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Religion’s Social Goods

A growing number of legal scholars question whether a justification exists for protecting religion as its own category. Yes, the text of the First Amendment refers specifically to religion, they concede, but that’s an anachronism. As a matter of principle, religion as such doesn’t merit . . . . Continue Reading »

Not Just For Profit

Post-argument predictions will continue to pour out regarding Sebelius v. Hobby Lobby and Conestoga Wood Specialties v. Sebelius, cases in which business owners (the Green and Hahn families) have voiced religious objections to being forced to pay for certain types of contraceptives. The . . . . Continue Reading »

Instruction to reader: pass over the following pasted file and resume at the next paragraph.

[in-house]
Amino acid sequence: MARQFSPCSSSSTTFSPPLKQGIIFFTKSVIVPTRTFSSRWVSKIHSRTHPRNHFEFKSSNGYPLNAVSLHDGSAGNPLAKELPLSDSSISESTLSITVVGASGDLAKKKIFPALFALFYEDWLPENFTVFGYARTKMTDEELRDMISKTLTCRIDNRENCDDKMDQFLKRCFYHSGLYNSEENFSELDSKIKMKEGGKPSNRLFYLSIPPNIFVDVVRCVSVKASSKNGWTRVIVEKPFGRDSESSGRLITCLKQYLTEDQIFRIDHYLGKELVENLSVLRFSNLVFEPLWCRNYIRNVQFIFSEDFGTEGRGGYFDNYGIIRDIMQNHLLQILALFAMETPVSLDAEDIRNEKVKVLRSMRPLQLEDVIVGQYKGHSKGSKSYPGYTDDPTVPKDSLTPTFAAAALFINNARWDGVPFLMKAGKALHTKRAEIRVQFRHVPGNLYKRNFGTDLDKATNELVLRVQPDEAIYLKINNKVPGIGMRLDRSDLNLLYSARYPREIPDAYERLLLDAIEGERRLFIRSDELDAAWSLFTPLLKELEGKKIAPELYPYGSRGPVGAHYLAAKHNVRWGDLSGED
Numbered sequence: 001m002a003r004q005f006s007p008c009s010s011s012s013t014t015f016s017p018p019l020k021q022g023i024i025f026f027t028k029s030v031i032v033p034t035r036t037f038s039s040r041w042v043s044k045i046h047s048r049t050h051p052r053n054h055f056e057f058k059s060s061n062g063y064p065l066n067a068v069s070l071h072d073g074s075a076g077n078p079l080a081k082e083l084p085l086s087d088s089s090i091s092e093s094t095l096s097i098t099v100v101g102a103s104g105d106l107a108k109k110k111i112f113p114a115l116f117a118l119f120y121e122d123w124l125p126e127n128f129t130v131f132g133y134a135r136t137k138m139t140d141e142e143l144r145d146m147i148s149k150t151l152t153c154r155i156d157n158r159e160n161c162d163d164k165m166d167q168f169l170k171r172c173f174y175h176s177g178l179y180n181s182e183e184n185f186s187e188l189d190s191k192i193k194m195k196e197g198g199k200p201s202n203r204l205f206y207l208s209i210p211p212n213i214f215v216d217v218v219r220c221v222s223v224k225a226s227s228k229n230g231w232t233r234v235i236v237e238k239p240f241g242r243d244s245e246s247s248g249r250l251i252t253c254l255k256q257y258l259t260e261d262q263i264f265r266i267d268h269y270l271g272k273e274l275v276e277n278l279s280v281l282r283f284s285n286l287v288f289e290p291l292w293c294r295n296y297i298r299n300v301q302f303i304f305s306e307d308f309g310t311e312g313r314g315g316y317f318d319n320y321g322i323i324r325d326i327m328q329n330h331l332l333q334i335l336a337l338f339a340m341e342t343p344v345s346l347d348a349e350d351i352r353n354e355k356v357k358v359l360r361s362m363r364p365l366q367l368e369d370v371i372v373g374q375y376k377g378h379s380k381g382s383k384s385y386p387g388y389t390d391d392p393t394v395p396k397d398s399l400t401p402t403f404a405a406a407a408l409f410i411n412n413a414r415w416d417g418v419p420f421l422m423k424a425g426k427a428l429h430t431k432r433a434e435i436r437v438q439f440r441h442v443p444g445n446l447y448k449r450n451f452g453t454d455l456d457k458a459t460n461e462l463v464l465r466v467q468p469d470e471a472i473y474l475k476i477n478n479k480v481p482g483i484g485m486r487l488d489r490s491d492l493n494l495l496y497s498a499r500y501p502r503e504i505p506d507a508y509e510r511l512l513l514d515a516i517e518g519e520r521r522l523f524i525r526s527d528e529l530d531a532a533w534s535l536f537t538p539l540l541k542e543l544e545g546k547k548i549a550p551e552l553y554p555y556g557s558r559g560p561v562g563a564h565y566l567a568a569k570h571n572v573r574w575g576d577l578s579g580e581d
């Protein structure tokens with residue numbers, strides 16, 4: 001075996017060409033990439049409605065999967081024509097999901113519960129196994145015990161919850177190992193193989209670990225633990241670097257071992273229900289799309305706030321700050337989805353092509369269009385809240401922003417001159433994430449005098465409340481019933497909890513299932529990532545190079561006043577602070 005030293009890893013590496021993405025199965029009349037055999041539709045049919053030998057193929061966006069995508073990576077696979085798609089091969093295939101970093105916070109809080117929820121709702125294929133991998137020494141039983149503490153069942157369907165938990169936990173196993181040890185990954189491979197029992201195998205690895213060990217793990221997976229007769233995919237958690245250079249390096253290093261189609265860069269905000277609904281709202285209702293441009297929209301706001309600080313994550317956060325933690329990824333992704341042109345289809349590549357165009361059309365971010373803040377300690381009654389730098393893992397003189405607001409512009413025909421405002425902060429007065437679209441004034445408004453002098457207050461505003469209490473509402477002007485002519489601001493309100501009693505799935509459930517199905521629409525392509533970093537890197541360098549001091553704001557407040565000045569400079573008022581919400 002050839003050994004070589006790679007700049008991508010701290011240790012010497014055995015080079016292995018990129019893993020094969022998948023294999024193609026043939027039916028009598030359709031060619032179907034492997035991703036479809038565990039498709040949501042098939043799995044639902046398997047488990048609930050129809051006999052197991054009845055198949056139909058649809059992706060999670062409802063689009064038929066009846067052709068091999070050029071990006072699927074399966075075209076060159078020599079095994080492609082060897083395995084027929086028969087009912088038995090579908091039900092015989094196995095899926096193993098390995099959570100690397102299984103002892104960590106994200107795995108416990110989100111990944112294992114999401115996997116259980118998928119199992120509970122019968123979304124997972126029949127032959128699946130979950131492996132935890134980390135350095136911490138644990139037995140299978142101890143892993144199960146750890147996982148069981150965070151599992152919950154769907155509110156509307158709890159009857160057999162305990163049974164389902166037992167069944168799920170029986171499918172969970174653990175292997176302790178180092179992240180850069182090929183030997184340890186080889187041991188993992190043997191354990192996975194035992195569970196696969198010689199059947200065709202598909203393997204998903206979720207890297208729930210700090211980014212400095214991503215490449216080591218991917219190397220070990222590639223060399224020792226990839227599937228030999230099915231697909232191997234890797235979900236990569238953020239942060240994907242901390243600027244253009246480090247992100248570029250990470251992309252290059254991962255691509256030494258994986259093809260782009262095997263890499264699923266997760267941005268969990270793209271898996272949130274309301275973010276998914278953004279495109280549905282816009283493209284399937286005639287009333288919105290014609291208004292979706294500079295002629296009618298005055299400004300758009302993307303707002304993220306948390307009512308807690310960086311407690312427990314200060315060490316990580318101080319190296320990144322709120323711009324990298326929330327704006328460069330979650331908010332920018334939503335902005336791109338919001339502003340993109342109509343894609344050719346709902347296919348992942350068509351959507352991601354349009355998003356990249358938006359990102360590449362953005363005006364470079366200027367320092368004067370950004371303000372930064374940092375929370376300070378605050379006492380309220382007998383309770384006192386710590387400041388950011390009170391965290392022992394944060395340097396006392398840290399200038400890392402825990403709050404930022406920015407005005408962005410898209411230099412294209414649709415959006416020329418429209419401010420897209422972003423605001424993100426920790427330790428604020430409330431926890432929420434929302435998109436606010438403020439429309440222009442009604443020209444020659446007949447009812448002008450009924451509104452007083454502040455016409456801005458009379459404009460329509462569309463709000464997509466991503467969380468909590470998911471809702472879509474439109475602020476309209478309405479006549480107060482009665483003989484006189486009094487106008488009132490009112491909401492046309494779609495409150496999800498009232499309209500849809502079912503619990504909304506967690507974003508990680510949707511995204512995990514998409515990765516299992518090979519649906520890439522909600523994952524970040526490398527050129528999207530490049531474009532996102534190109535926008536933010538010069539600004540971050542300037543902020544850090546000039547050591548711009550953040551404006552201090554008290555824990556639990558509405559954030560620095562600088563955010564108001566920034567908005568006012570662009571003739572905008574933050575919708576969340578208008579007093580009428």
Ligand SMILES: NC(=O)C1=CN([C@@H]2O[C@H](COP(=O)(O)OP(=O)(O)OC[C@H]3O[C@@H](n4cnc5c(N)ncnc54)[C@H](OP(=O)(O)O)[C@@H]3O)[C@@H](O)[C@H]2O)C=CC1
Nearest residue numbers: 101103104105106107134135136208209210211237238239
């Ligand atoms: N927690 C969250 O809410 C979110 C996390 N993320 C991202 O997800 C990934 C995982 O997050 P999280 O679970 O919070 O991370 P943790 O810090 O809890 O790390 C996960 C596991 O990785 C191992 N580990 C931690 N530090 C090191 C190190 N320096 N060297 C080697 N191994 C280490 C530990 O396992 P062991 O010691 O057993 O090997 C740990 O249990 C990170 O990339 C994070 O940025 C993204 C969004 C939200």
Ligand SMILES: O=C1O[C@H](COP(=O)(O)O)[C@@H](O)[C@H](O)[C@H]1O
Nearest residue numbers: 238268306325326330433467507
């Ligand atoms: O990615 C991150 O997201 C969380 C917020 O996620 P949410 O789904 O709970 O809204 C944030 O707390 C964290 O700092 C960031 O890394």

Constitutionally Hopeful

The cover story on National Review is by Jonathan Adler and Nathaniel Stewart, who are insisting there were Positive Steps, Silver Linings in the Supreme Court’s ruling in NFIB v. Sebelius ruling.   Since I am expecting stormy weather over the next few years in the matter of . . . . Continue Reading »

Stunningly Bad

Wow. The oral argument defense of Obamacare’s constitutionality so far has not just been bad, as has been reported, but has been stunningly bad.  And the incompetence displayed goes beyond that of Solicitor General Verrilli, but extends to several of the meaning-to-help-his-case comments . . . . Continue Reading »

Late Halloween Riddle

What is black and white but leaves law-literate liberals shrieking and gibbering with fright? The anti-Obamacare brief from the public interest law arm of the Claremont Institute! I.e., for liberals, the ultimate CLAREMONSTER!!! . . . . Continue Reading »

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